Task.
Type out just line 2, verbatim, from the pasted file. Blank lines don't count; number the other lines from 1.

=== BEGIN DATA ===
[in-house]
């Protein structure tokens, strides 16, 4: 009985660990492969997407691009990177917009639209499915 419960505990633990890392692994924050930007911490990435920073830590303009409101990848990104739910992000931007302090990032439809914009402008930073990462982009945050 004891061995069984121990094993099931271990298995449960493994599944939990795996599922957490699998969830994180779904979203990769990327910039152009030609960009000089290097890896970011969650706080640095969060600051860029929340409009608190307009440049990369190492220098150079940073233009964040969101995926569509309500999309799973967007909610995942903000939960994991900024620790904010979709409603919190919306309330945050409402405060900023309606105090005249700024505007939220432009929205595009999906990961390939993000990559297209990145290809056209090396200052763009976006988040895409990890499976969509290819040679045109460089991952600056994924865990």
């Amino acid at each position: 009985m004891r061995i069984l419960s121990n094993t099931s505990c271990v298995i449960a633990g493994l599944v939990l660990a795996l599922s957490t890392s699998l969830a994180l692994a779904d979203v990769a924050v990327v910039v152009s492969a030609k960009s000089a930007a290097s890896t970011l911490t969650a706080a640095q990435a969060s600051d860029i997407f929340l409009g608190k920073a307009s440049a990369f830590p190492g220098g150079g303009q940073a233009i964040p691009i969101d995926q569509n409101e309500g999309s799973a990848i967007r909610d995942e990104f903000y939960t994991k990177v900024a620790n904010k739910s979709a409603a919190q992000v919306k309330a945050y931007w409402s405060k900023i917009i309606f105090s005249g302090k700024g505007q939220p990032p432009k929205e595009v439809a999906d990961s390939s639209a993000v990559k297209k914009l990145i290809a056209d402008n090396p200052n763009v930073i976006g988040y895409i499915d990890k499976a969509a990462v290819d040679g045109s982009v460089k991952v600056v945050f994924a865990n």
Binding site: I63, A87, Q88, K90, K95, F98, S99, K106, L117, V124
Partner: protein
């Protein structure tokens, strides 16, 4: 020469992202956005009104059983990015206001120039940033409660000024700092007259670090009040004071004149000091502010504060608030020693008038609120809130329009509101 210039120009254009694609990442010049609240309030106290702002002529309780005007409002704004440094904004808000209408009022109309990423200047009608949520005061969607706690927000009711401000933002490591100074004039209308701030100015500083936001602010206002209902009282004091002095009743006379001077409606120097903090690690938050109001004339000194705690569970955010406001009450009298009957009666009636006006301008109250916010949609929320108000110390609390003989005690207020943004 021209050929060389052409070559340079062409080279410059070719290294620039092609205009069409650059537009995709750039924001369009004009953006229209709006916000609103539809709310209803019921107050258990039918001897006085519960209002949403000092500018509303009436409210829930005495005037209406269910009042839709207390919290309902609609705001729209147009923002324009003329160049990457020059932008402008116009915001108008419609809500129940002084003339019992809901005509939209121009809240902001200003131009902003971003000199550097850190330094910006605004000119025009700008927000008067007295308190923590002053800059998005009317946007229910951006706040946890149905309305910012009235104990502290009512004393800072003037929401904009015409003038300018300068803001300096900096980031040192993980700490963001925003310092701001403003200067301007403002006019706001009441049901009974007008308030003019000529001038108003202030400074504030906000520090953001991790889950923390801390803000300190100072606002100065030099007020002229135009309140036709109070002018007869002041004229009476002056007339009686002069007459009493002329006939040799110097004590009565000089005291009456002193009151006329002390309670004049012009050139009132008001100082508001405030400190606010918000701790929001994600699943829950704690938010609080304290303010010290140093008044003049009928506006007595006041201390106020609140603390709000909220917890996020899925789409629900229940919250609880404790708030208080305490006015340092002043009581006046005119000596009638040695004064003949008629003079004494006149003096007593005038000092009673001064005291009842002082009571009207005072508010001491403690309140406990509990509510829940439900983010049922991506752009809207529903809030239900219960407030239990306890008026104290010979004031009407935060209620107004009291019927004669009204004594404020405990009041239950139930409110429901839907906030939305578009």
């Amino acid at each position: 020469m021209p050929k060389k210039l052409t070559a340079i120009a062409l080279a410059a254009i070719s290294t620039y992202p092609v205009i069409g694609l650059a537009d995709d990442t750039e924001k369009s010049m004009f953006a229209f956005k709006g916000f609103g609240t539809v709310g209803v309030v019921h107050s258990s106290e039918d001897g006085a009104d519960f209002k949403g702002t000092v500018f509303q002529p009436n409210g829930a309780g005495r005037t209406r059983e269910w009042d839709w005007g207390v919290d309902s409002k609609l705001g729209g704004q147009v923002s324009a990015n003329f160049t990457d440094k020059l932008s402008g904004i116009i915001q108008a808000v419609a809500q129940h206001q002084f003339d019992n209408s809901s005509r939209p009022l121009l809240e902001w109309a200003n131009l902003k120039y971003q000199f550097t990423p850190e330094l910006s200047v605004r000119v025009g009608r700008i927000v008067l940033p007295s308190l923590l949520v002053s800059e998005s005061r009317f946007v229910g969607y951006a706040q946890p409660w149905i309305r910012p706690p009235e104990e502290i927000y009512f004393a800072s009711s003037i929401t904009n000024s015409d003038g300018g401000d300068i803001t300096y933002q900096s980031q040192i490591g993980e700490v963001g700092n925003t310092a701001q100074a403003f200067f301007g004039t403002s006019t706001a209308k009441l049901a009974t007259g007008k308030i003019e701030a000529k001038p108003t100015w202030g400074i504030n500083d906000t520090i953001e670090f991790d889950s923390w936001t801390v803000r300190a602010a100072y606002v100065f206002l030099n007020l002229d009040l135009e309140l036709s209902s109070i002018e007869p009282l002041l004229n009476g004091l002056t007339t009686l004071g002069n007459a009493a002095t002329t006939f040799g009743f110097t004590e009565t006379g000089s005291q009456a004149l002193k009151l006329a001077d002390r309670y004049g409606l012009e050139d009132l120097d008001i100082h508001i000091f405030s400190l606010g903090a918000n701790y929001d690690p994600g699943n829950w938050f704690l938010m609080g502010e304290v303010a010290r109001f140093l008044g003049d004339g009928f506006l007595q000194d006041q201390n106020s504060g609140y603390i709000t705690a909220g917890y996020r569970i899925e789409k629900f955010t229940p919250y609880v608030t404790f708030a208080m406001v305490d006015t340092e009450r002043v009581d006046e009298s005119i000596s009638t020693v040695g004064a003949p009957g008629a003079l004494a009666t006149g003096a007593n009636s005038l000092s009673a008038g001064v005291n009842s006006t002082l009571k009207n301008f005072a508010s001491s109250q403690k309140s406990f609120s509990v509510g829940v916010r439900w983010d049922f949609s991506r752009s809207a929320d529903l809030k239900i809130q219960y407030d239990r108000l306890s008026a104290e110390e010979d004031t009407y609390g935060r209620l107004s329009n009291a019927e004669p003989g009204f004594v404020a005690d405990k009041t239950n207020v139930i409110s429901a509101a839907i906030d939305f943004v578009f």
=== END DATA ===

């Protein structure tokens, strides 16, 4: 009985660990492969997407691009990177917009639209499915 419960505990633990890392692994924050930007911490990435920073830590303009409101990848990104739910992000931007302090990032439809914009402008930073990462982009945050 004891061995069984121990094993099931271990298995449960493994599944939990795996599922957490699998969830994180779904979203990769990327910039152009030609960009000089290097890896970011969650706080640095969060600051860029929340409009608190307009440049990369190492220098150079940073233009964040969101995926569509309500999309799973967007909610995942903000939960994991900024620790904010979709409603919190919306309330945050409402405060900023309606105090005249700024505007939220432009929205595009999906990961390939993000990559297209990145290809056209090396200052763009976006988040895409990890499976969509290819040679045109460089991952600056994924865990």